Catholics in Nigeria to Be in Black on Ash Wednesday “in solidarity with abducted, killed”

The Secretary General of the Catholic Secretariat of Nigeria (CSN), Fr. Zacharia Nyantiso Samjumi.

Against the backdrop of insecurity in Nigeria, Catholic Bishops in the West African country have resolved to have all Catholics demonstrate their solidarity with the victims of kidnappings and murder by organizing a Prayer Protest while wearing black at the start of the Lenten Season February 26.

“I have been directed by the Administrative Board of the Catholic Bishops Conference of Nigeria (CBCN) to communicate to you that in the face of the current security situation, the Church needs to speak out in word and action against the level of insecurity in the country,” reads part of a statement signed by the Secretary General of the Catholic Secretariat of Nigeria (CSN), Fr. Zacharia Nyantiso Samjumi.

In the statement seen by ACI Africa, the Board directed that “on Ash Wednesday, 26 February 2020, all Catholics, in solidarity with the many kidnapped and killed persons, stage a protest wearing black” and that all the dioceses in Africa’s most populous nation are expected to organize a Prayer Protest.

In a follow-up message to Parish Priests, the Board directed, “On Sunday 1st of March, there shall be no evening Mass in our City Parishes. That evening, we shall have a peaceful prayer protest against the incessant killings and insecurity in our country.” 

Nigeria has borne the brunt of armed militants who have been orchestrating murders and kidnappings that have seemed to target Christians including priests, seminarians and the lay faithful.


The recent case of kidnapping was that of Fr. Nicolas Oboh on February 13 who was later freed.

On February 9, suspected Islamist militants in Borno state, north-east Nigeria staged an arson attack, killing 30 people who had stopped for the night.  The attack also resulted in the destruction of 18 vehicles.

At the end of January, kidnappers killed 18-year-old seminarian, Michael Nnadi, who had been kidnapped alongside three other seminarians from their Good Shepherd Major seminary in Nigeria’s Kaduna State.

Meanwhile, in their Ash Wednesday message seen by ACI Africa Friday, February 21, Catholic Bishops in the country have invited the universal Church and all Christians to join them in prayers for the “dead brothers and sisters and for peace and security in Nigeria.”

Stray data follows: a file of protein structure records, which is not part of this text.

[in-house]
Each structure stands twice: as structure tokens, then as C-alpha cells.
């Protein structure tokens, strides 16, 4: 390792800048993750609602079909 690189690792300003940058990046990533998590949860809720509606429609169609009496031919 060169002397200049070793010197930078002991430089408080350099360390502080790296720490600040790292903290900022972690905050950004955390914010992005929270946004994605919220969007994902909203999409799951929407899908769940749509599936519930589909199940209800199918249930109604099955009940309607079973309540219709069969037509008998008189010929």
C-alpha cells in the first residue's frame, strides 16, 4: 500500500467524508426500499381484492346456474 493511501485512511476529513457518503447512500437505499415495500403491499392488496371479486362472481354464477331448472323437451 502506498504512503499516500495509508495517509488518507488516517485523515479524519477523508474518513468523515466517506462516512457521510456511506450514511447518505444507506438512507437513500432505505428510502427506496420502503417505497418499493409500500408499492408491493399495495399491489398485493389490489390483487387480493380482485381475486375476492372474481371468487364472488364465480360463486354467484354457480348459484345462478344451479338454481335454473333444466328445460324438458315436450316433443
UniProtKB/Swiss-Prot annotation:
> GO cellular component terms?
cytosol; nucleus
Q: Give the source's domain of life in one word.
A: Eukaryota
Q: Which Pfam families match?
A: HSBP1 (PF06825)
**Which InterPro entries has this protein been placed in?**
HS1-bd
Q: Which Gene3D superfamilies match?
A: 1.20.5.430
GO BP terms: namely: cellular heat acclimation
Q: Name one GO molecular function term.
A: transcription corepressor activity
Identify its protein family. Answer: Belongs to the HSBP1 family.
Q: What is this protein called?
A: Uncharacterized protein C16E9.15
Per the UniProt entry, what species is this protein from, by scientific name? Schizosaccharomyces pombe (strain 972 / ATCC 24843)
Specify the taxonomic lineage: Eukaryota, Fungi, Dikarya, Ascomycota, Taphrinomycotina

“We are sad. We are in sorrow and grief. But we are confident that the light of Christ, which shines in our hearts, will brighten the dark corners of our Nigerian society,” the Bishops have stated.

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In their collective message signed by CBCN President, Archbishop Augustine Akubeze and CBCN Secretary, Archbishop Camillus Umoh, the Prelates have decried the deteriorating security situation in Africa’s most populous nation saying, “The level of insecurity in Nigeria today is such that whether at home or on the road, most Nigerians, in all the parts of the country, live in fear.”

The Bishops have added, “The repeated barbaric executions of Christians by the Boko Haram insurgents and the incessant cases of kidnapping for ransom linked to the same group and other terrorists have traumatized many citizens,” 

In the considered opinion of the Nigerian Prelates, “That the perpetrators of these heinous crimes make public shows of them on social media and Nigerians do not hear of any arrests or prosecution of the criminals, raises grave questions about the ability and willingness of the government to protect the lives of the ordinary Nigerians.”

Aware of their moral responsibility, the Shepherds have reminded the government and security agencies “that without security there can be no peace and without peace that can be no development or national growth.” 

“We, therefore, appeal to the Government to immediately put a stop to this unprecedented wave of violence and brutality aimed particularly at Christians,” the Prelates have urged and added, “We also call for the arrest and prosecution of all those behind these senseless killings that sow the dangerous seeds of hate and distrust among the various segments of the Nigerian society.”


At the same time, the Bishops have collectively appealed to the international community to come to the aid of the Nigerian government “in the fight against these daredevil terrorists, who want to graze our country.”

They caution  in reference to the terrorist groups, “The consequences, should they succeed, will be grave not only for the West African sub-region but also for Africa as a whole.”

Addressing themselves to the faithful, the Prelates have said, “The present situation in Nigeria challenges all of us to a life of coherent witnessing to the Gospel. The impact of our Christian faith must be felt in public life. This is not a time for compromises for the sake of personal convenience, but rather for heroism in Christian virtues. “

“Before long, it will be Easter and the Lord will show that he has triumphed over evil, darkness and death,” the Bishops in Nigeria have said and appealed to the people of God in their country, “Be of good courage!”